The Coastal Star

By Steven J. Smith

    OCEAN RIDGE — Pierce Koslosky Sr. was the very model of a tenacious businessman, a loving husband and a dedicated family patriarch, who emerged from humble beginnings in a coal town to embrace lasting success in the business world.
    According to his son, Pierce Jr., Mr. Koslosky Sr. was born in Shenandoah, Penn., on May 12, 1920, the son of a local politician.
“His dad lost a leg in a coal colliery when he was 12 years old,” Pierce Koslosky, Jr. said. “And he became something of a wheeler-dealer in the area. I’m still in touch with the people of Shenandoah, who hold an annual kielbasa festival that draws visitors from around the country. It’s a vibrant, colorful place.”
    After Mr. Koslosky Sr.’s father died, his mother remarried and the family moved to the Newark, N.J., area, where he grew up and secured an accounting degree from what is now Rutgers University. He served as a master sergeant in the U.S. Army Air Corps during World War II and was known as “Two-Gun Koslosky,” because of the two .45 caliber pistols he would strap on for protection during his excursions to the U.S. Mint, where he would extract up to $500,000 at a time in cash to meet his payrolls.
    “He had an armed jeep in front of him and an armed jeep behind him,” Koslosky Jr. laughed. “He was stationed in Fort Meade, Md., at the time. ‘Two-Gun Koslosky.’ What a hoot!”
    After the war, he worked several years for Magnolia Metal Corp. — a foundry and machine shop that started in 1886 and still manufactures precision bearings that are shipped all over the world. He would eventually become chairman and president of the company, but early on a certain official prevented him from buying stock in it, so he quit.
    He next started a printing business with a friend called Color Reproductions, in Union, N.J. Koslosky Jr. remembered working there during summer vacations while in high school.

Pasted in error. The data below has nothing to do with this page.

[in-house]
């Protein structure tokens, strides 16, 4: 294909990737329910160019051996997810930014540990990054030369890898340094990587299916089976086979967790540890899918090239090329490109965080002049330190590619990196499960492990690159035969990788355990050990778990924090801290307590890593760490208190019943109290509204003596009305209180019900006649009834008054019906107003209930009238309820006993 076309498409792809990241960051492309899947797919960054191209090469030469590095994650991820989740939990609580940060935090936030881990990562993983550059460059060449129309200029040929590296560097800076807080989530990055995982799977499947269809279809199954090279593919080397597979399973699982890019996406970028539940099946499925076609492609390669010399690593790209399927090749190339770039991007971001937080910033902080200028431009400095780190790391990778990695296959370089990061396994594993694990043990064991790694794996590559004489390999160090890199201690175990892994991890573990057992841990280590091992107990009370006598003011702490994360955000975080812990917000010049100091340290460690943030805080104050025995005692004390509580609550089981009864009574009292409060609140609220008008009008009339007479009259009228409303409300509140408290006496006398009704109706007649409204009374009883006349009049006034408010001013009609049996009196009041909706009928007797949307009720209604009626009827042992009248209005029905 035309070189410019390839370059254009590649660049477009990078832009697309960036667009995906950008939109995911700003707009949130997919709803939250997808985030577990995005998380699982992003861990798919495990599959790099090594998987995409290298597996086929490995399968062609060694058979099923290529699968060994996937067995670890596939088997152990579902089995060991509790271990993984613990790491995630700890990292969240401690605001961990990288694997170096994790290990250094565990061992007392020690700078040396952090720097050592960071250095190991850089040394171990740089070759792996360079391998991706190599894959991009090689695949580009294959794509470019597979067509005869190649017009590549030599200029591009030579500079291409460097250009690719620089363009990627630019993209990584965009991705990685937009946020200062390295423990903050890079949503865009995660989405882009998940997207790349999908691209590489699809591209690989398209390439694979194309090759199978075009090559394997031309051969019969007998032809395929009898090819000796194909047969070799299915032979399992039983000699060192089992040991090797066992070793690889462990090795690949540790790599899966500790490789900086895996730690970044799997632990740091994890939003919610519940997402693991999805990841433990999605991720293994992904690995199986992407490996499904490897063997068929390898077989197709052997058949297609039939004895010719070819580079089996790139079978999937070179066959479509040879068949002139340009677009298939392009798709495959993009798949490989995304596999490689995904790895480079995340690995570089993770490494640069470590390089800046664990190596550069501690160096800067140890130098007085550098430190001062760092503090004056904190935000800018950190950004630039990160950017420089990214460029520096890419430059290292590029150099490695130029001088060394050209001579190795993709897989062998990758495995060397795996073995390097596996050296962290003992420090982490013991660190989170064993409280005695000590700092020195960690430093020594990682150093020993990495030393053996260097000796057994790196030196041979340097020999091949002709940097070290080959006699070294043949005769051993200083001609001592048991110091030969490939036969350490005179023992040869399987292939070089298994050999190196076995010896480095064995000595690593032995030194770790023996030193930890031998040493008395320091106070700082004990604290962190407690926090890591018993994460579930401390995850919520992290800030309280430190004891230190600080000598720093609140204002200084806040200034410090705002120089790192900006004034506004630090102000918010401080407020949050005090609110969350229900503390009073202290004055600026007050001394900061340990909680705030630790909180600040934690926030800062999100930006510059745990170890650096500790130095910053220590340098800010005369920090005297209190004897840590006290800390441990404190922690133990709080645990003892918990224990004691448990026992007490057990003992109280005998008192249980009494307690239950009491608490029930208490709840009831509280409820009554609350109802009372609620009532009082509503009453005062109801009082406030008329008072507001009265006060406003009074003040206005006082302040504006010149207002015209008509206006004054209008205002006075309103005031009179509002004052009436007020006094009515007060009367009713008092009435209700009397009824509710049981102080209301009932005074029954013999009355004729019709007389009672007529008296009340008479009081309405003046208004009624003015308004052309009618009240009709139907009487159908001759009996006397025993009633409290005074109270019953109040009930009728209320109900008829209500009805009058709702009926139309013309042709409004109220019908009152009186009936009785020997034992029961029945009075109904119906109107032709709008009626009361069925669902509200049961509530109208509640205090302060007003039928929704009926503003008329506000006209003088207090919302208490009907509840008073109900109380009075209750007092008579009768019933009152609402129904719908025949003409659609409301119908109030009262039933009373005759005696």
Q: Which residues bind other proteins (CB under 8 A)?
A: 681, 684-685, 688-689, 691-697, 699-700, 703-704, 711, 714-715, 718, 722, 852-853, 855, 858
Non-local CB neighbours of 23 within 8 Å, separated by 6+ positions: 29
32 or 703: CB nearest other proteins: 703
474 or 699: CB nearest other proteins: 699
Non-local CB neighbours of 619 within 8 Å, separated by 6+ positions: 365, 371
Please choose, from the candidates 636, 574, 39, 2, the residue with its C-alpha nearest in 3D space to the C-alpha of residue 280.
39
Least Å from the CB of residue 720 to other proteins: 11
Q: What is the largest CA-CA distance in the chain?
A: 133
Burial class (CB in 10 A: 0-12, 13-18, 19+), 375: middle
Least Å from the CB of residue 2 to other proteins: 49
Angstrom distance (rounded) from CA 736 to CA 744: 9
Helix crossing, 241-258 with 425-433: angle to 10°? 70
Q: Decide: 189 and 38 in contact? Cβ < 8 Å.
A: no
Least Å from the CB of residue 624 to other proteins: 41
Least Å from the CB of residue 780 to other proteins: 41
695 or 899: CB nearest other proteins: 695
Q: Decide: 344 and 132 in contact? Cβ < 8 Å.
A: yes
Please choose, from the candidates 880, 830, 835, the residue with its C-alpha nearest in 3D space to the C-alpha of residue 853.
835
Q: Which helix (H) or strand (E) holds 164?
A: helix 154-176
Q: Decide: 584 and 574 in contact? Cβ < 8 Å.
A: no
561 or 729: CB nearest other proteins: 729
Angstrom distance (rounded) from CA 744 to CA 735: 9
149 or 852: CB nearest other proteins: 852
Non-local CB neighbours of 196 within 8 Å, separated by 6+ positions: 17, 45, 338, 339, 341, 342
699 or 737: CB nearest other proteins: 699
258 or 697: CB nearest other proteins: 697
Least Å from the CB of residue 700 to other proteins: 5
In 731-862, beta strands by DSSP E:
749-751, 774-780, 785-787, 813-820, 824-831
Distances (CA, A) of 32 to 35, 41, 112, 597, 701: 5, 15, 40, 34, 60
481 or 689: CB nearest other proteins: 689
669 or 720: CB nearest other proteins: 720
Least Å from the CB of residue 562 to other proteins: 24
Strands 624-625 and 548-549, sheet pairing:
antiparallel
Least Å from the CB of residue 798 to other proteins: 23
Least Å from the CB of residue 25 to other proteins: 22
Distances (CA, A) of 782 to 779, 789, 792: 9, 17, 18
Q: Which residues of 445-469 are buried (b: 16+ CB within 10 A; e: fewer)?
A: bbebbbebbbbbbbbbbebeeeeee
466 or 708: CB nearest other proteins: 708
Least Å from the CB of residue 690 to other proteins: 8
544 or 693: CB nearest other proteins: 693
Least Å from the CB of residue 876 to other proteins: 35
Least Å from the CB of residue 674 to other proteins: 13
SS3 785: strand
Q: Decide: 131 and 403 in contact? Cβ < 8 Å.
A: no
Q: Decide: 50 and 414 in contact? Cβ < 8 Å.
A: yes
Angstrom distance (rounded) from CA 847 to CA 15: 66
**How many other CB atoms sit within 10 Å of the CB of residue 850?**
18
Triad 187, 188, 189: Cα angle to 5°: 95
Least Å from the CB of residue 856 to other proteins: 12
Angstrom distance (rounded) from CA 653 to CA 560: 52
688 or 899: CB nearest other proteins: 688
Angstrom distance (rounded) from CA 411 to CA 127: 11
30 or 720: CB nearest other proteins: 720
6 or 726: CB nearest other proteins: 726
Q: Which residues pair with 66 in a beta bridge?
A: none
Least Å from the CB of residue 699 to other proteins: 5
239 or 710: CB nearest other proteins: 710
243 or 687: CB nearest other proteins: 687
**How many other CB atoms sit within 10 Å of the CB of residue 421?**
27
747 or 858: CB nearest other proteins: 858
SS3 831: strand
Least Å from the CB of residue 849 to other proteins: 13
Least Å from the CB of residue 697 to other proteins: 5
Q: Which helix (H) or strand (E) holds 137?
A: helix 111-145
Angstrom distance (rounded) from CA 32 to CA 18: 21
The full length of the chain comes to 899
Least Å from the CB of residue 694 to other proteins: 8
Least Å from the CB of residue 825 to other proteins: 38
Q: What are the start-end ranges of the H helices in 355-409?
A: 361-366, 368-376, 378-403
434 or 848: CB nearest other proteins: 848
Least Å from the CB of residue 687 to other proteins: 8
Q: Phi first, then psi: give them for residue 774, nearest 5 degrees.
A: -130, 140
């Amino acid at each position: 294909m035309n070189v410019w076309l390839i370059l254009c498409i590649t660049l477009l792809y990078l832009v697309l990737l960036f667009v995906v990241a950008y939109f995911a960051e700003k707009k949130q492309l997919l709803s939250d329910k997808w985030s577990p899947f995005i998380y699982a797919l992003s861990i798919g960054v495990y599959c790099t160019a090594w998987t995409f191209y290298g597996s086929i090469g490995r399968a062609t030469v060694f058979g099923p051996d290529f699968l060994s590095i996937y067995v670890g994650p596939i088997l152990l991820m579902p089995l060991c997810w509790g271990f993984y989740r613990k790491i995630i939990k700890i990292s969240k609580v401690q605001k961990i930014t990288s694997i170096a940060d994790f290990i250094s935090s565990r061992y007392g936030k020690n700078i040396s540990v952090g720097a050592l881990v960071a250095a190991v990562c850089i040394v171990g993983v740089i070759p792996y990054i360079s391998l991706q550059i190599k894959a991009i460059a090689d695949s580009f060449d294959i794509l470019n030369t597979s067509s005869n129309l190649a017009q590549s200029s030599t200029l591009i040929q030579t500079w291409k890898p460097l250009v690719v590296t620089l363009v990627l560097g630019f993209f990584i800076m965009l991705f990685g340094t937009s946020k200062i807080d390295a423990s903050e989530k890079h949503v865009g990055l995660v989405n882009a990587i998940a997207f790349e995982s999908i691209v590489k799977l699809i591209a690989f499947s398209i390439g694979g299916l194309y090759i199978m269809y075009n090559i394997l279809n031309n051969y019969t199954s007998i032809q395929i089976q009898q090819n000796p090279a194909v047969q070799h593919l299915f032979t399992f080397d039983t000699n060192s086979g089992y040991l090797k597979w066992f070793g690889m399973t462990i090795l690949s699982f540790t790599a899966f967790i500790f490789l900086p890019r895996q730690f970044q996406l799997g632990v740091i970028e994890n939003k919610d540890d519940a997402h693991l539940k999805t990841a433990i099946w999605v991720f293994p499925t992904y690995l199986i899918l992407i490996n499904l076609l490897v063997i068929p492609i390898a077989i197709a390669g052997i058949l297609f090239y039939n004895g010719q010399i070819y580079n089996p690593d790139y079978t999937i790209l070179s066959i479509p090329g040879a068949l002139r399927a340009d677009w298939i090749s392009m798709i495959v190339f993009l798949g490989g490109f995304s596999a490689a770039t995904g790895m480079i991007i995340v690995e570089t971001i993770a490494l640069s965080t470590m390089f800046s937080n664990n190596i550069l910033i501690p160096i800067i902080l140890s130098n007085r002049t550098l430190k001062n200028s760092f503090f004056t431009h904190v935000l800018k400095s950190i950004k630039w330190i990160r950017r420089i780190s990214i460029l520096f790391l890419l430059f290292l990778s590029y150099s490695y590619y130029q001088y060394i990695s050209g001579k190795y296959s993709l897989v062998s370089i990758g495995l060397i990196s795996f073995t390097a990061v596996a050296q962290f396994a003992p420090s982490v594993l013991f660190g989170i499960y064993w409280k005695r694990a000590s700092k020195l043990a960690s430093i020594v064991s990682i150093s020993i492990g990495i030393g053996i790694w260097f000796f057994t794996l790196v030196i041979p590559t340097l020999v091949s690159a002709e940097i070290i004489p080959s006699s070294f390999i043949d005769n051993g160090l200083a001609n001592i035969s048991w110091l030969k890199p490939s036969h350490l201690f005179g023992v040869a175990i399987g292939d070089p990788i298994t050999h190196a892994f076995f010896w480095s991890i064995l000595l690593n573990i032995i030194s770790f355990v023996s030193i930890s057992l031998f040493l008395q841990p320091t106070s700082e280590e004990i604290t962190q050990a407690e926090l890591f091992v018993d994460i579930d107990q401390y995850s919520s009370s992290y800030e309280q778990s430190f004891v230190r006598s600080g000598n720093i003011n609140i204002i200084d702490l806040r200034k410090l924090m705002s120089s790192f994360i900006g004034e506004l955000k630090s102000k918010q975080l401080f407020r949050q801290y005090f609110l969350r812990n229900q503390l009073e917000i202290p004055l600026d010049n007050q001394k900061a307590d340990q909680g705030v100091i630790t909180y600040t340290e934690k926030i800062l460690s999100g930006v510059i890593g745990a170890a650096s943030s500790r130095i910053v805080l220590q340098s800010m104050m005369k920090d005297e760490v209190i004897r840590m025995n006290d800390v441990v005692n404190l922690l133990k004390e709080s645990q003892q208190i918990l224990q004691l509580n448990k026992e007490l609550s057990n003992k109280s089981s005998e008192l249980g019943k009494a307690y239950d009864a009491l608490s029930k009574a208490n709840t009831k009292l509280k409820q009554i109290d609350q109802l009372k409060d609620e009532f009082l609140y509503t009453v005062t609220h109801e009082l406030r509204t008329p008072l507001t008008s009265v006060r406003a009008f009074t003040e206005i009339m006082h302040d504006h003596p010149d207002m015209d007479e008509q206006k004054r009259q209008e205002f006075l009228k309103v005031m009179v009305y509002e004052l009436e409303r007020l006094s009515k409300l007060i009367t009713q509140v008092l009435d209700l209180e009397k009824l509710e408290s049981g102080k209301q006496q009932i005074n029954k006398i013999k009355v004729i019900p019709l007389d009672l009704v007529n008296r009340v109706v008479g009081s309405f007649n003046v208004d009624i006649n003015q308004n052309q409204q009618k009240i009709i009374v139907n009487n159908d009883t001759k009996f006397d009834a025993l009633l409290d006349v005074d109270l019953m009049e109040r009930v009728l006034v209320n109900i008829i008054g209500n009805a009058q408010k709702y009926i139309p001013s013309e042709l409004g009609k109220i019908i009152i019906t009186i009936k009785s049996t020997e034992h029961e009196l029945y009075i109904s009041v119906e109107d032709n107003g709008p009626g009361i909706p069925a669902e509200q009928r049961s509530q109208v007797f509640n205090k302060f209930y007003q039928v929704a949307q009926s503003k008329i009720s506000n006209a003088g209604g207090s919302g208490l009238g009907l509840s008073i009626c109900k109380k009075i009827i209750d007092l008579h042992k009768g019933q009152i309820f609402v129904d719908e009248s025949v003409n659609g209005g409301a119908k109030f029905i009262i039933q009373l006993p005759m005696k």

“Most of their accounts were grocery stores and companies like Exxon,” he said. “Then in the early 1960s, managers from Magnolia Metal approached him and asked if he wanted to invest in the company. He and several investors actually bought out the official who had earlier forced him to quit! He went on to become the company’s president. He remained in that position until 2000.”
    Betty Koslosky, who started out as Mr. Koslosky’s secretary, became his second wife in 1969. The two moved to Ocean Ridge in 1978.
    “He was a brilliant man and he knew a lot about business,” she said. “He didn’t have a lot of hobbies. We went on a lot of cruises, because he found them restful. But business was a very big part of his life. He didn’t really retire until he was 80.”
    Koslosky Jr. agreed his father enjoyed traveling.
    “At one point we owned a third of a company in Dundee, Scotland, and he would travel over there quite a bit,” he said.
    Mr. Koslosky died on Feb. 25 from complications of congestive heart failure. He was 94 years old. His wife, two sisters, seven children, 16 grandchildren and 10 great-grandchildren survive him.
    Koslosky Jr. said his father would be most remembered for his sense of humor and his tenacity.
    “He did not give up,” he said. “For his 70th birthday, I bought him a plaque featuring a famous quote by Winston Churchill: ‘Never, never, never give up.’ And he really lived that out for us.”

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